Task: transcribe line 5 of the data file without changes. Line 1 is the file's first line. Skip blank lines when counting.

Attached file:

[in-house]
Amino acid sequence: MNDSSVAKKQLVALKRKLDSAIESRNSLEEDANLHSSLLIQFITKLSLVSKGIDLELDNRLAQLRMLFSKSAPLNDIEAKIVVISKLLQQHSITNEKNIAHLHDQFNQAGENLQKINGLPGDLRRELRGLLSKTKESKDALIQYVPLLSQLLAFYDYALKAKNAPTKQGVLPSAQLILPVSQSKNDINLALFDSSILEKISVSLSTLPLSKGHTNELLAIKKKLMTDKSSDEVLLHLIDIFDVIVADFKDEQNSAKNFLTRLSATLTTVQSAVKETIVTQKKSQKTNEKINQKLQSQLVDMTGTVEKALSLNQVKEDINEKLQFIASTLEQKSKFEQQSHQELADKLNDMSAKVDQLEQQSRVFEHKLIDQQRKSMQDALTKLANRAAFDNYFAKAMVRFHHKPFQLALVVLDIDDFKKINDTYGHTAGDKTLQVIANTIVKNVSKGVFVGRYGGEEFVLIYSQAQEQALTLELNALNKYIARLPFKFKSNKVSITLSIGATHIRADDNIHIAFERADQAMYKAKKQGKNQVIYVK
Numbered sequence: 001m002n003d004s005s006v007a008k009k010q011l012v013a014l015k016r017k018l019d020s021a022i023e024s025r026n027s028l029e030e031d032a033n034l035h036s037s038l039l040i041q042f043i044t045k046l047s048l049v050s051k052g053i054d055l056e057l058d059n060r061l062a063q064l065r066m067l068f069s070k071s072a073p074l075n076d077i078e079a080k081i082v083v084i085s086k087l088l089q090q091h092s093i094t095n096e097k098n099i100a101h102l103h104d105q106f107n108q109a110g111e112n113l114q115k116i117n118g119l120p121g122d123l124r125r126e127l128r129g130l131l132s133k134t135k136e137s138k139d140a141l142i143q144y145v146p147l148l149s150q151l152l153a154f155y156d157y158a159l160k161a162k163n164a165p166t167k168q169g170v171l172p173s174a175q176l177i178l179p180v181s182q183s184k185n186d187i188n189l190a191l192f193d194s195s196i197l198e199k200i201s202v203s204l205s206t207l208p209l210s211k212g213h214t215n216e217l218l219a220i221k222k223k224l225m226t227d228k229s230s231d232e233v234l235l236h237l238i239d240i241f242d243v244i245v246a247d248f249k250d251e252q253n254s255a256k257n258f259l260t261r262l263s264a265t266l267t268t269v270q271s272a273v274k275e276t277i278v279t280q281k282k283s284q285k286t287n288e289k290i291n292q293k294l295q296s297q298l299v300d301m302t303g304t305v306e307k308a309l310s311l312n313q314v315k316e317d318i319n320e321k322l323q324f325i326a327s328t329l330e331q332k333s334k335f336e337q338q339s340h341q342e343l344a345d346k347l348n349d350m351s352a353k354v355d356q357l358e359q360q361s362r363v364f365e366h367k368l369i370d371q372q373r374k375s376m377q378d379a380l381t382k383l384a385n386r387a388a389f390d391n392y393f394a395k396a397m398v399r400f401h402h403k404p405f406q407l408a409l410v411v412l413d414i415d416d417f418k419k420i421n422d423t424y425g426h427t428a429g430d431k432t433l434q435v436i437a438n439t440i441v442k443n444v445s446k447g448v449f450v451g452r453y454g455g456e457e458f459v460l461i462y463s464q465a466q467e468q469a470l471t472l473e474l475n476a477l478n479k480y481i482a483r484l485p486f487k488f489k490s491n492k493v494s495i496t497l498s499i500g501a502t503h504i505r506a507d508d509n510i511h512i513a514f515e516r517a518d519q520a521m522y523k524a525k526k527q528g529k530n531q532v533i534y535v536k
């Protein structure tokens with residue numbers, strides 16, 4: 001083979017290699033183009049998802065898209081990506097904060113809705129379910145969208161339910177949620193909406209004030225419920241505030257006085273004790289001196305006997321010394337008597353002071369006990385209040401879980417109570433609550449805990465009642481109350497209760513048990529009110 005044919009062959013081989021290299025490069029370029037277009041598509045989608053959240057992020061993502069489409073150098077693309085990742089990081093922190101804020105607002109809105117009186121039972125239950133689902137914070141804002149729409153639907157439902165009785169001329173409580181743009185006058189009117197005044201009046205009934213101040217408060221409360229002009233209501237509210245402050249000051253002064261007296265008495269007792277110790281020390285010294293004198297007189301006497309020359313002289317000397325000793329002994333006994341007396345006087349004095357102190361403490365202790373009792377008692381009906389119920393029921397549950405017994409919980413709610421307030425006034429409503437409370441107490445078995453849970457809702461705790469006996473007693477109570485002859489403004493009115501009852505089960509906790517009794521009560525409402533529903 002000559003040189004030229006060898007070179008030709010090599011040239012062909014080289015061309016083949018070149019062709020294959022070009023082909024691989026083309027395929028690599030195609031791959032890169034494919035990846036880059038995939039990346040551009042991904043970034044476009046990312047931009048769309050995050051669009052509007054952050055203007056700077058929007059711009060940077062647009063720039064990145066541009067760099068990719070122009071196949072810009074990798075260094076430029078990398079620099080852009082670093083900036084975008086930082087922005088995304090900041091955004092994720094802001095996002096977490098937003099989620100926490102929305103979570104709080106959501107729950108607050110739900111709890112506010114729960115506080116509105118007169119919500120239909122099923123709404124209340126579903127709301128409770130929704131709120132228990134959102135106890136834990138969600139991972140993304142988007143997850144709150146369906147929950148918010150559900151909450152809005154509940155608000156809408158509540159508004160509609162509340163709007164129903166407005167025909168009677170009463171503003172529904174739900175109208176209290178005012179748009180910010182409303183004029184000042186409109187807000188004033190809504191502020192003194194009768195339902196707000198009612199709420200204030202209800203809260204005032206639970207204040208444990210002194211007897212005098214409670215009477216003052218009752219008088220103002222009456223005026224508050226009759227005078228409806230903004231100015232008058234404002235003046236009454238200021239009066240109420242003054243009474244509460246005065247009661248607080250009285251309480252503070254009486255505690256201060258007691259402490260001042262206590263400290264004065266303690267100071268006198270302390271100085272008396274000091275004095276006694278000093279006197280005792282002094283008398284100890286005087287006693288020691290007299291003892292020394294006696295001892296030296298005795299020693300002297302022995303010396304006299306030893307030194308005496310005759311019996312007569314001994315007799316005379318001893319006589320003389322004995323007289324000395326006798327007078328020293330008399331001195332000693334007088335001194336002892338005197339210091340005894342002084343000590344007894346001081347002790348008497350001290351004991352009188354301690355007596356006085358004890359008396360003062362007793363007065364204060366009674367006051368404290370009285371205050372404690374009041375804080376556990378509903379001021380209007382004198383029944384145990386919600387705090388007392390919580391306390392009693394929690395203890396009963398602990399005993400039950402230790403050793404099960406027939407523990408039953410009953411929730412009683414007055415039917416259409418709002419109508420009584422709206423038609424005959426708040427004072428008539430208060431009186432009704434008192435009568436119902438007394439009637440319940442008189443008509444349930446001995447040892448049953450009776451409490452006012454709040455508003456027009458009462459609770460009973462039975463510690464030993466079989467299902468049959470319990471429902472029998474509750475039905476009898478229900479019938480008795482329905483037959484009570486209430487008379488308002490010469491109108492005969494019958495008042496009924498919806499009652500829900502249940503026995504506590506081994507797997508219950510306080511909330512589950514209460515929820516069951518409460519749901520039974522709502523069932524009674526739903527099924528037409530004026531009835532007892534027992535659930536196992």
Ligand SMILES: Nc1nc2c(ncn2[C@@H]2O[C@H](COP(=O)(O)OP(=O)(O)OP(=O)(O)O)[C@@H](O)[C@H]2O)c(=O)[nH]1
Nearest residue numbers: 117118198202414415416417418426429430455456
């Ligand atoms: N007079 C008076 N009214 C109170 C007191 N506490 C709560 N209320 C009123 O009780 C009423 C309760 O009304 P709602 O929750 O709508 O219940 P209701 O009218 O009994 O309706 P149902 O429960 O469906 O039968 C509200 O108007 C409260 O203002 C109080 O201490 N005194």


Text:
Ligand SMILES: Nc1nc2c(ncn2[C@@H]2O[C@H](COP(=O)(O)OP(=O)(O)OP(=O)(O)O)[C@@H](O)[C@H]2O)c(=O)[nH]1